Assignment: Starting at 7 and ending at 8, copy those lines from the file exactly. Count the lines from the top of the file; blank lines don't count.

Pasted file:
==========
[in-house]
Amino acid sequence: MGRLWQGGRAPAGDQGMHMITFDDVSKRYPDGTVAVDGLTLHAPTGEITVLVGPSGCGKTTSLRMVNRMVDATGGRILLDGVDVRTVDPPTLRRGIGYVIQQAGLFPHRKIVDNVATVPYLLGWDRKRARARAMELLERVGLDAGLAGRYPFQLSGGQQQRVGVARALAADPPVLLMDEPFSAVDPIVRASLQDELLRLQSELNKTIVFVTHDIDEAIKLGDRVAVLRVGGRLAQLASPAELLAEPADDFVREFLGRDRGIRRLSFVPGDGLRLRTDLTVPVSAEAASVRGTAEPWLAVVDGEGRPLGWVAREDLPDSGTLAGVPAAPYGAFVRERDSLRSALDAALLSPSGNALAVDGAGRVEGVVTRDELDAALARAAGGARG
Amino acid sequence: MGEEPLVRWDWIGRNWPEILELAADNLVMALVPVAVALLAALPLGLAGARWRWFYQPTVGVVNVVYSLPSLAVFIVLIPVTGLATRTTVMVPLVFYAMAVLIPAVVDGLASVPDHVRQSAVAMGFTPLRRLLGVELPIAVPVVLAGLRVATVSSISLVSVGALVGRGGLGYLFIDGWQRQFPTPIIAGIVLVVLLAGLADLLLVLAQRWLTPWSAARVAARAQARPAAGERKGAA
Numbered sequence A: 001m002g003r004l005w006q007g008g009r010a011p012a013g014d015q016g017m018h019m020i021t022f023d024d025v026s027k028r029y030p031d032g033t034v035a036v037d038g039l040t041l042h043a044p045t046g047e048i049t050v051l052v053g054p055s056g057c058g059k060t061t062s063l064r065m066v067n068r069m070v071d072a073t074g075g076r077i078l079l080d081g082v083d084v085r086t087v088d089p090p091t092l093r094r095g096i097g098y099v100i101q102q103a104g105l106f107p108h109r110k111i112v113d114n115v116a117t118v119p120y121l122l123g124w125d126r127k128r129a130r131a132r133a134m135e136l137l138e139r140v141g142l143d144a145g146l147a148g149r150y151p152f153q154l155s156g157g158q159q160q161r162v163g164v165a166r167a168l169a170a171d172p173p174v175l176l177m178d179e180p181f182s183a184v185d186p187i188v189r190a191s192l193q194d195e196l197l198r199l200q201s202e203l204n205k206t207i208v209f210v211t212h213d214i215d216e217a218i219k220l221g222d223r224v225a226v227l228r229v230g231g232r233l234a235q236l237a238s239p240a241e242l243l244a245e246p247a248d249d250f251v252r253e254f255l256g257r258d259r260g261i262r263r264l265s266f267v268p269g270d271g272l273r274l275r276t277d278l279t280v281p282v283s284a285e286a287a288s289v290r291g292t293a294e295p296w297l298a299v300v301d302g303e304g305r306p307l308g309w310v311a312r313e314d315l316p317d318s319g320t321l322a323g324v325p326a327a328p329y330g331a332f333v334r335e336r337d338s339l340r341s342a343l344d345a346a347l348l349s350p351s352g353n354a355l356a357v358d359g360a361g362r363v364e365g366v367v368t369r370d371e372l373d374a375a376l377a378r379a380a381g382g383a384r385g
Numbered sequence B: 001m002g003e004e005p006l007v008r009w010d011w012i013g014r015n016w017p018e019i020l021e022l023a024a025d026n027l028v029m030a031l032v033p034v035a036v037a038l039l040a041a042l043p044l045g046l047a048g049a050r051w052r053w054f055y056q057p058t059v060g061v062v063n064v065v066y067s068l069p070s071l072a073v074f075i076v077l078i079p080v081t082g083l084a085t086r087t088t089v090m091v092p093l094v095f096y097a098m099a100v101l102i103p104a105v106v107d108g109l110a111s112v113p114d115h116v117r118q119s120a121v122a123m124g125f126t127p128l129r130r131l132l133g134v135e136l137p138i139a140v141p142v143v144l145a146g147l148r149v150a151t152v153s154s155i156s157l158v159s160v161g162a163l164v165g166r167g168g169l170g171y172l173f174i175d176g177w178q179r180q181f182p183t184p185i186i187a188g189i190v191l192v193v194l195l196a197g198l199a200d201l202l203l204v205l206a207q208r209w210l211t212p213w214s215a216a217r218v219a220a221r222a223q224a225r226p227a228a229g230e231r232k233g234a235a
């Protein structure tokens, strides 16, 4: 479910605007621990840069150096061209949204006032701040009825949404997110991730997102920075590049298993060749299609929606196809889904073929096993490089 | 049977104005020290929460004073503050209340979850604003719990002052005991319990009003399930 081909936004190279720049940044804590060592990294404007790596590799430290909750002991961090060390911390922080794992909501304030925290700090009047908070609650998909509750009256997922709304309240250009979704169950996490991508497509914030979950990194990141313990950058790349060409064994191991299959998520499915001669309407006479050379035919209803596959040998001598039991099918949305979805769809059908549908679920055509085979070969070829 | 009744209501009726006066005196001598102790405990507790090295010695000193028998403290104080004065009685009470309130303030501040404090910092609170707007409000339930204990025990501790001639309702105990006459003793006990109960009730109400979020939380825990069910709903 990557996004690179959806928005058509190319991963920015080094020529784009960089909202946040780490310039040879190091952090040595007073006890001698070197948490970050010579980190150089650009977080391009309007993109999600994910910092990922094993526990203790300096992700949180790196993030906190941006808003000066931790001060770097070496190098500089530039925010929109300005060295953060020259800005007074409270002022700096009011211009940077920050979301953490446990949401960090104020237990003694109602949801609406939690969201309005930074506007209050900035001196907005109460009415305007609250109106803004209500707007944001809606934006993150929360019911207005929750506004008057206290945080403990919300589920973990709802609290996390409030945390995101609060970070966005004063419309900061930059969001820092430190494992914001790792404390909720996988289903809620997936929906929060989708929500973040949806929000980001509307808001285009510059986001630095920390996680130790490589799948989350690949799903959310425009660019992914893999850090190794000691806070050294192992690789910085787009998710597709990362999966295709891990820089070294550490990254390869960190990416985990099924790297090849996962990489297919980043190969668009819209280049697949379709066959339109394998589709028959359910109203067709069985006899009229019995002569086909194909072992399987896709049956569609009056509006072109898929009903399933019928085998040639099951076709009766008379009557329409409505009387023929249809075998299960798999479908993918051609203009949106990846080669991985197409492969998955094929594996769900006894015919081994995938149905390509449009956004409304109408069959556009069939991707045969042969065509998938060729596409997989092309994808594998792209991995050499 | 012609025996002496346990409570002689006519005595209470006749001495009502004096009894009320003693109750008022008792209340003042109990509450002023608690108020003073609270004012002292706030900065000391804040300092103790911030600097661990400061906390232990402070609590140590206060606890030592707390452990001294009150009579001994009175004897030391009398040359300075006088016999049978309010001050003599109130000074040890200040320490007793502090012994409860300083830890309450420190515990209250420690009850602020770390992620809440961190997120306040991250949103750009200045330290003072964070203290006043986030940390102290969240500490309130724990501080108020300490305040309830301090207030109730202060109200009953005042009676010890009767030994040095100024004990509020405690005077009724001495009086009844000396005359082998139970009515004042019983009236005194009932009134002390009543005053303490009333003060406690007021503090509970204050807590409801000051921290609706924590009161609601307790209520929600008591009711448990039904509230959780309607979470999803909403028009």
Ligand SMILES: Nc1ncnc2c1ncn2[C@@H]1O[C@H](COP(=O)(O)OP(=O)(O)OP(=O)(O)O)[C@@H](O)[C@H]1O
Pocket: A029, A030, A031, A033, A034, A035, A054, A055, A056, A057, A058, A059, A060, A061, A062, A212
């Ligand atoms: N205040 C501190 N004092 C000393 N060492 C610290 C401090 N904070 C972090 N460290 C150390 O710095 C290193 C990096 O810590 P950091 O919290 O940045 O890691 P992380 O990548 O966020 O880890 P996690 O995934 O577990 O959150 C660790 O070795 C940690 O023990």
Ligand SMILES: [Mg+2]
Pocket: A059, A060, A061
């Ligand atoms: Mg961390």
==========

Ligand SMILES: Nc1ncnc2c1ncn2[C@@H]1O[C@H](COP(=O)(O)OP(=O)(O)OP(=O)(O)O)[C@@H](O)[C@H]1O
Pocket: A029, A030, A031, A033, A034, A035, A054, A055, A056, A057, A058, A059, A060, A061, A062, A212